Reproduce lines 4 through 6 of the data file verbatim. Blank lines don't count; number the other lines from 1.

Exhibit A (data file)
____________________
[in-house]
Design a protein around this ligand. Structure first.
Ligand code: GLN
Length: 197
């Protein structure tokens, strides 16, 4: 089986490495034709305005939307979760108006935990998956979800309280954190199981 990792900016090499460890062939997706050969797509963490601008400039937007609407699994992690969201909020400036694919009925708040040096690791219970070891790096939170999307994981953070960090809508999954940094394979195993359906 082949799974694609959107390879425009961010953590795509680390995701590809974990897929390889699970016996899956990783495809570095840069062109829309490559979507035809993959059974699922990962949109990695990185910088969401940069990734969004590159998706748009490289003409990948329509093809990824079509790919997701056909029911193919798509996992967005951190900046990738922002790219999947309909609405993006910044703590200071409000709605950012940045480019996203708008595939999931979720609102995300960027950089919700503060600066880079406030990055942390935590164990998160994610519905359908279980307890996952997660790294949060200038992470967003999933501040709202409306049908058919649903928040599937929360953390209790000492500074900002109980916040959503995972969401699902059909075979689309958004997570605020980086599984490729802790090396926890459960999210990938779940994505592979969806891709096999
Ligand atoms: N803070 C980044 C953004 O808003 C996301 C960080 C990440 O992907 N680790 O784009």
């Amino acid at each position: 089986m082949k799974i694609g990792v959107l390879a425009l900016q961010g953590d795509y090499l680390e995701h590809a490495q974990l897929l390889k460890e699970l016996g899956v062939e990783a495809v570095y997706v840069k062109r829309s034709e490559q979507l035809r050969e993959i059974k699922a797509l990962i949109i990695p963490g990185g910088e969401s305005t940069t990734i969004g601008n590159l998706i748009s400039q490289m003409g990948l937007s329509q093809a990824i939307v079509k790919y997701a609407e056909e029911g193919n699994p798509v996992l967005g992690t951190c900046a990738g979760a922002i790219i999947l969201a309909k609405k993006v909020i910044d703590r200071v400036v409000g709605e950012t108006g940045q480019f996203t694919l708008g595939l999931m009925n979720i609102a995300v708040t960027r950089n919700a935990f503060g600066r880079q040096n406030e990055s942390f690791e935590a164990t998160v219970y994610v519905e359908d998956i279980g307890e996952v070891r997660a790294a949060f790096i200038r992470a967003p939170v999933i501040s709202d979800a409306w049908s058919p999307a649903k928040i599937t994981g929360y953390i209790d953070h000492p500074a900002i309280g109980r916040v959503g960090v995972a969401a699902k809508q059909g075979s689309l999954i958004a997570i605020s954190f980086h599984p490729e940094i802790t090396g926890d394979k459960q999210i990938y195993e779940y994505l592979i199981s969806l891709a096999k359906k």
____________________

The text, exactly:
Length: 197
């Protein structure tokens, strides 16, 4: 089986490495034709305005939307979760108006935990998956979800309280954190199981 990792900016090499460890062939997706050969797509963490601008400039937007609407699994992690969201909020400036694919009925708040040096690791219970070891790096939170999307994981953070960090809508999954940094394979195993359906 082949799974694609959107390879425009961010953590795509680390995701590809974990897929390889699970016996899956990783495809570095840069062109829309490559979507035809993959059974699922990962949109990695990185910088969401940069990734969004590159998706748009490289003409990948329509093809990824079509790919997701056909029911193919798509996992967005951190900046990738922002790219999947309909609405993006910044703590200071409000709605950012940045480019996203708008595939999931979720609102995300960027950089919700503060600066880079406030990055942390935590164990998160994610519905359908279980307890996952997660790294949060200038992470967003999933501040709202409306049908058919649903928040599937929360953390209790000492500074900002109980916040959503995972969401699902059909075979689309958004997570605020980086599984490729802790090396926890459960999210990938779940994505592979969806891709096999
Ligand atoms: N803070 C980044 C953004 O808003 C996301 C960080 C990440 O992907 N680790 O784009």